Sustainable Engineering

Although effective alternative energy sources that do not release harmful gases such as CO2, Sox, NOx, etc. are increasingly being used, fossil fuels continue to be consumed. Equipment and systems that are energy efficient, use less fuel, reduce the consumption of fossil fuels and the production of greenhouse gases and other pollutants are of paramount importance. Design and installation of facilities and systems can play a major role in stemming the increasing dangers to the global environment. Waste heat recovery and thermal storage (ice or water) are examples of such systems designed by PTM. 

●Electric power and stored energy

Electricity demand trends indicate consumption increases from year to year, leading power generation companies to consider increasing their capacities. However, there are high capital costs and environmental impacts, which are of concern. If electricity demands could be spread more evenly between the peak and off-peak times, and the peak demand reduced, the need for new power plants would not arise. Storing electricity is difficult however, if this excess electrical capacity can be stored as energy in a form such as hot water or ice, and this energy then be used for air conditioning etc. during the day, then the demands during peak times will be reduced. The power required for cooling and heating may amount to 15 to 20% of the total building energy consumption. In other words a 15 to 20% reduction in the peak power demand is achievable. Furthermore off-peak power charges are around 1/4 of the peak costs, thereby producing cost savings. By using stored energy for air-conditioning, electrical consumption can be reduced and a major contribution can be made to environmental protection.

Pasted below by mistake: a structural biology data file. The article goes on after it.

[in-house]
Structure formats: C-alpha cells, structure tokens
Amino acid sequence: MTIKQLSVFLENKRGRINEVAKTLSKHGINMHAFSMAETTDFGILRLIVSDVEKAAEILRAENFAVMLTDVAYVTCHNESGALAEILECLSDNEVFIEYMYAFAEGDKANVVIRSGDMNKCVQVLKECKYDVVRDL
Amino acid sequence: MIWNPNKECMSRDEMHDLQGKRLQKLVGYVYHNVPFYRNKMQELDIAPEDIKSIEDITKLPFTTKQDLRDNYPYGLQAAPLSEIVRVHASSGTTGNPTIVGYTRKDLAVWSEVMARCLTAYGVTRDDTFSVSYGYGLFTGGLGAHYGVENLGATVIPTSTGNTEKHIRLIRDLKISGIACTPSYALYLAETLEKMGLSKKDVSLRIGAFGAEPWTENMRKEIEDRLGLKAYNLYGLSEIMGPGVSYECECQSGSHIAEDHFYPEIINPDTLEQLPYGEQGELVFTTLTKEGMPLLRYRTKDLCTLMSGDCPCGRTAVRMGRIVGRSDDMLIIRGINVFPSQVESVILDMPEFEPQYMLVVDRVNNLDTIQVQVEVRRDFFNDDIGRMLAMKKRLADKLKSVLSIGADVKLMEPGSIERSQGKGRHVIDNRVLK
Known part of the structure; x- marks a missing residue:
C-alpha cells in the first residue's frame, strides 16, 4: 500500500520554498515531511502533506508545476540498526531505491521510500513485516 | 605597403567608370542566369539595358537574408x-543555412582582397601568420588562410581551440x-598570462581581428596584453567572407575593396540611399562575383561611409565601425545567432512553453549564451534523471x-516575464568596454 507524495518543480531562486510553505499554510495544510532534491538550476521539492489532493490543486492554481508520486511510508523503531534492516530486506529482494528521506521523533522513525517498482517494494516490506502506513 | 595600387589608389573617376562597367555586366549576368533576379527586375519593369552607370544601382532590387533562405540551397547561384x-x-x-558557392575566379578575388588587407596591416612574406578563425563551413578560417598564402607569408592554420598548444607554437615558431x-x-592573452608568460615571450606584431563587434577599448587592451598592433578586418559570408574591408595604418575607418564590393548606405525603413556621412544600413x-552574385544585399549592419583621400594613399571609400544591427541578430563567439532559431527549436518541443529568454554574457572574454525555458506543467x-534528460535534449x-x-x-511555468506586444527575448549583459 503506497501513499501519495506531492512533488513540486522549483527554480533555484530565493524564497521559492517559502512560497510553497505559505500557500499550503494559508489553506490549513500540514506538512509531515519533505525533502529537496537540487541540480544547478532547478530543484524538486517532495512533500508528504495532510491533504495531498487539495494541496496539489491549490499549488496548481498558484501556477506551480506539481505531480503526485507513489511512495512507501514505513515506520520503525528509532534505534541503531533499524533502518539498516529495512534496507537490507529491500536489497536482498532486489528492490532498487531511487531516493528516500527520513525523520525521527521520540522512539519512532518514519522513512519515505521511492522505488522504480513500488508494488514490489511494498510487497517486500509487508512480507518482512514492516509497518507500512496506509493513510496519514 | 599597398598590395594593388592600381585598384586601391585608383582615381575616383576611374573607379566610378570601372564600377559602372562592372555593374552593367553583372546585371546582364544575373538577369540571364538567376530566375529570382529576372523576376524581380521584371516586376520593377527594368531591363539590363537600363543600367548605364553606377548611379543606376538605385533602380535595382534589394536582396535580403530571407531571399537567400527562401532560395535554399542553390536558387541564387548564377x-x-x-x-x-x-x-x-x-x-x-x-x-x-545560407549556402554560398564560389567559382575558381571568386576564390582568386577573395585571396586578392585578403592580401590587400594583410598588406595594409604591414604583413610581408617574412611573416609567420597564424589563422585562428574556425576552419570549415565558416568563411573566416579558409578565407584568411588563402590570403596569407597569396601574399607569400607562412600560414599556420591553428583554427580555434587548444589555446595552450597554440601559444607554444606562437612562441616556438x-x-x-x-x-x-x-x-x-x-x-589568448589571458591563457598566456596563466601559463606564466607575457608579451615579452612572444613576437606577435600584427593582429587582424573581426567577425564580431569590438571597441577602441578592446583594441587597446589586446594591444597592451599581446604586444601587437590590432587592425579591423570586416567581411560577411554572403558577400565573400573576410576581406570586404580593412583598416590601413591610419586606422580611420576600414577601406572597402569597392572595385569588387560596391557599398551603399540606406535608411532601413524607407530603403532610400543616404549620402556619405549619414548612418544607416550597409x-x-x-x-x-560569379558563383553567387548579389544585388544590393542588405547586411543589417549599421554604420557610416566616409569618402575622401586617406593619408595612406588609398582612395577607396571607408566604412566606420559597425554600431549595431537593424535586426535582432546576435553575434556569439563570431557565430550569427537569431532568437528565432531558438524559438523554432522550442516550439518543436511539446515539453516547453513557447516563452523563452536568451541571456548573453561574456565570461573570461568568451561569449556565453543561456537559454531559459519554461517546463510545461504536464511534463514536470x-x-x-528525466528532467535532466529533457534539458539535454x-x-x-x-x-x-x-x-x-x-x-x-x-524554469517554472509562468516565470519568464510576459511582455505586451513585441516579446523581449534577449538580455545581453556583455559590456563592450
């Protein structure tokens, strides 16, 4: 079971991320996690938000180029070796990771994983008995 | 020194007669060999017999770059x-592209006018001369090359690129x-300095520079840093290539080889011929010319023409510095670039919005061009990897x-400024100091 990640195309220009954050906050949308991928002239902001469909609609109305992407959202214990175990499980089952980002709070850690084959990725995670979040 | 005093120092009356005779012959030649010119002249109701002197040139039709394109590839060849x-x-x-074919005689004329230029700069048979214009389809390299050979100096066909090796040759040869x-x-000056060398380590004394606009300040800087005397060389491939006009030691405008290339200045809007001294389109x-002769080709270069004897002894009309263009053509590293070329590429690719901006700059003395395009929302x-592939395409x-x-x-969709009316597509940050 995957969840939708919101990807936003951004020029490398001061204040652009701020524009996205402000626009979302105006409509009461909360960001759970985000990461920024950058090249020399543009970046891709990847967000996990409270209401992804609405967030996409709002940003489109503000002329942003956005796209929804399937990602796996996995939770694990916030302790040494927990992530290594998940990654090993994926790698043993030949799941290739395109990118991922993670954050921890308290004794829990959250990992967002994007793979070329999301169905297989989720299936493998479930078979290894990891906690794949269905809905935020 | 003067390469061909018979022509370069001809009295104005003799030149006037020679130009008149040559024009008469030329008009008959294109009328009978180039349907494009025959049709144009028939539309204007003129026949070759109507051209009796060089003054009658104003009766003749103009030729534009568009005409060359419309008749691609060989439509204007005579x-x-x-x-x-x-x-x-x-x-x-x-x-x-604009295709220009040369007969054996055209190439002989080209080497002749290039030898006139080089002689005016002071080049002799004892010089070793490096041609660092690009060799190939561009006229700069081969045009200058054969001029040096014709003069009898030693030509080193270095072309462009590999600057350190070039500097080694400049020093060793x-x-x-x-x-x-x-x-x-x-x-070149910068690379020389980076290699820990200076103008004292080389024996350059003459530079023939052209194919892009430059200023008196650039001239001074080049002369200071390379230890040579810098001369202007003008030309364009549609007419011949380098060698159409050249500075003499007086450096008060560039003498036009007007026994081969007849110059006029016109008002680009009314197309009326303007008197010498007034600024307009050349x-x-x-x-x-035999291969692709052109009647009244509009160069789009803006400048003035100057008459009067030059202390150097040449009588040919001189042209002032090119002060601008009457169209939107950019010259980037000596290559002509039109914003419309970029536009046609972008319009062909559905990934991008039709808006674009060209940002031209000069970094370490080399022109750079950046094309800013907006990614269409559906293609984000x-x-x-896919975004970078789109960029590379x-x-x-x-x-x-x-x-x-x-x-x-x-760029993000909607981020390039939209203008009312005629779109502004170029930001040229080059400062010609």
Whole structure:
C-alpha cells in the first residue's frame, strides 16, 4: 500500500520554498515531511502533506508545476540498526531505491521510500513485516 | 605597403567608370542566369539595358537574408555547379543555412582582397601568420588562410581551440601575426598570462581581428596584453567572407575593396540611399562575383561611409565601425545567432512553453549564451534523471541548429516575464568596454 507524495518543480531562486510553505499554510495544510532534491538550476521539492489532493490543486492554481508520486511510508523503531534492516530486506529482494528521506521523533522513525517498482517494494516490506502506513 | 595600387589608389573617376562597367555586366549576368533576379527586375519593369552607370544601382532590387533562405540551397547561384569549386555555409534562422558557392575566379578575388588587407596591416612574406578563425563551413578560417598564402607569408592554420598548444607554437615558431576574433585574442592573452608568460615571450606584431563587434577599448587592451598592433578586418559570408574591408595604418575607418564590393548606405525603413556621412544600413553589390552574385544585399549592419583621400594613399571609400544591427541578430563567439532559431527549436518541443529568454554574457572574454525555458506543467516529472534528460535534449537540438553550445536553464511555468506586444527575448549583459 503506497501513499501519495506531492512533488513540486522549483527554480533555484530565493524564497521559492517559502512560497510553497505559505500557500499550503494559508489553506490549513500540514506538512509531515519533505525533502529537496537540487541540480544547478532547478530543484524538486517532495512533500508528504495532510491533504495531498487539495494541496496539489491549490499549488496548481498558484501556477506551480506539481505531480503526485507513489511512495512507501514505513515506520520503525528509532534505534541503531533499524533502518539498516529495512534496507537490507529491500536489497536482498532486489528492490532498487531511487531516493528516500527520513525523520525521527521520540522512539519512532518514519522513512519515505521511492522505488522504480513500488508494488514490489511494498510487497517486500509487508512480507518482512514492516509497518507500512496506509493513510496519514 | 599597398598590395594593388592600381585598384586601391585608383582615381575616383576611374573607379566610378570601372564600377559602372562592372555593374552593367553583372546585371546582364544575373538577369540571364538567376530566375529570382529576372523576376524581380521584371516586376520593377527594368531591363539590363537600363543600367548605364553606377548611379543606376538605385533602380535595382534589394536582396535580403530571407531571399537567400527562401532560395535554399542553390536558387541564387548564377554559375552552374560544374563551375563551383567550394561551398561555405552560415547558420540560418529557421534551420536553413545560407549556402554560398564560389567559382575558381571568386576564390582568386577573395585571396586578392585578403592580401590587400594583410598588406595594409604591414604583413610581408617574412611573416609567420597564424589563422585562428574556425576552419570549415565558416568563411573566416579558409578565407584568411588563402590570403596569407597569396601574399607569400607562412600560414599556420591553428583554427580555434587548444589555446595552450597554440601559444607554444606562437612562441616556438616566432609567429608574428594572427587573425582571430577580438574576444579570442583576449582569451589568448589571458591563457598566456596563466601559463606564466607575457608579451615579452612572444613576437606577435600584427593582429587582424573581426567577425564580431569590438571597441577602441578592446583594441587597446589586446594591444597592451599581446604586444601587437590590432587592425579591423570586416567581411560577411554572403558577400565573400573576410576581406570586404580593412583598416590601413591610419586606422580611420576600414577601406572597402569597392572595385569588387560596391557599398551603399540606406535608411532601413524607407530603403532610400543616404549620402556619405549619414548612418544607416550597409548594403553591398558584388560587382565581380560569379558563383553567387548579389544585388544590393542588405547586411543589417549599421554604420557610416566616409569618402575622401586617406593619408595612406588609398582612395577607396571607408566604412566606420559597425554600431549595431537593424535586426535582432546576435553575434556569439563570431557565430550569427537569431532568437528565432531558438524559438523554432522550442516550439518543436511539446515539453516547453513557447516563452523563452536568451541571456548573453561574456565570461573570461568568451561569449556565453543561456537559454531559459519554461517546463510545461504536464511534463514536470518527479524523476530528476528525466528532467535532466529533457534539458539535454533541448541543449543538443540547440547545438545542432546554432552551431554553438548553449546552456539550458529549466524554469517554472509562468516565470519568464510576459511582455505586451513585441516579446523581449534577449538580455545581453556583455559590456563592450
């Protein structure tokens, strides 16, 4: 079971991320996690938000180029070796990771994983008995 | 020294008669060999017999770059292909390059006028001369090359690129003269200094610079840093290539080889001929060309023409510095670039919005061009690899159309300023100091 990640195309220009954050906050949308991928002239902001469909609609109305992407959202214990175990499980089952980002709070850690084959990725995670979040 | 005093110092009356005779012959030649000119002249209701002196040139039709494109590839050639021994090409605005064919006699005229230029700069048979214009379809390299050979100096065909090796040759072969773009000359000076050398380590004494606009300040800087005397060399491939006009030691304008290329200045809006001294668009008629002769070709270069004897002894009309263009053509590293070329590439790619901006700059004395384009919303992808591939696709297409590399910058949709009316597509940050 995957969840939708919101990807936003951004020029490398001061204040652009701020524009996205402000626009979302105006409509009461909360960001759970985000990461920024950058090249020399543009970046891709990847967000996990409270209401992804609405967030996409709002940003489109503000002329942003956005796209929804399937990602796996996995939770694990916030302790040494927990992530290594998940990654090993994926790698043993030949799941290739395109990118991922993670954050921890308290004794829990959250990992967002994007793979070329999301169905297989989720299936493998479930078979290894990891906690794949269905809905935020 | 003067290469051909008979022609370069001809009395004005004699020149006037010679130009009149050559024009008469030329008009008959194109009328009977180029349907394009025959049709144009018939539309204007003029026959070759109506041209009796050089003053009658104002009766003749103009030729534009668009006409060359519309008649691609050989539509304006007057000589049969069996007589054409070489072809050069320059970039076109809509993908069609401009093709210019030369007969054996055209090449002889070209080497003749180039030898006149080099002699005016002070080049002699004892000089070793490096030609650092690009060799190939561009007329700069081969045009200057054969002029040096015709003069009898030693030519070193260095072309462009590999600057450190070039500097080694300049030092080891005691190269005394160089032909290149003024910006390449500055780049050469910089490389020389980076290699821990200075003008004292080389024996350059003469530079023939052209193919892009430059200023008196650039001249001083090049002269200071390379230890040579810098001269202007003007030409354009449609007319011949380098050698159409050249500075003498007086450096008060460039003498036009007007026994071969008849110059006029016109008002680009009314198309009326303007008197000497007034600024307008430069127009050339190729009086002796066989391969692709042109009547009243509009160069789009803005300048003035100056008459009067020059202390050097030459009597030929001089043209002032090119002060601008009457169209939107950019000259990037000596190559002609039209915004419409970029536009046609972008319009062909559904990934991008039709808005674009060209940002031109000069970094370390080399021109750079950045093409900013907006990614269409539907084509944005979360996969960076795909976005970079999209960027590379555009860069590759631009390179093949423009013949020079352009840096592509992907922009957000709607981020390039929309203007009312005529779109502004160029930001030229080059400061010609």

●Total Energy System

Data measured from one case can provide the following explanation on the impact of a co-generation system(CGS). Firstly, total power, power received and power generated is indicated for the week from 13th March to 19th March. While the power received peaks change daily in accordance with the building usage, the CGS runs as per plan with the received power during the day time being minimized. The next graph shows the monthly CGS thermal efficiency, thermo-electricity comparison, steam usage efficiency, hot water usage efficiency, efficiency of electricity generated and net working rate. Even during the March to May period when efficiency tends to decrease, there is no significant drop and efficiency for the overall period reaches 70.5%. For cooling, it was possible to have the CGS exhaust heat recovery absorption refrigerator cover 45% of the loads being produced. Finally, the annual primary energy usage is shown. The figure of 2,048MJ/m2 represents a drop of 26% compared to similar buildings. In this way, CGS power generation and exhaust heat recovery can be used to achieve a high level of energy conservation.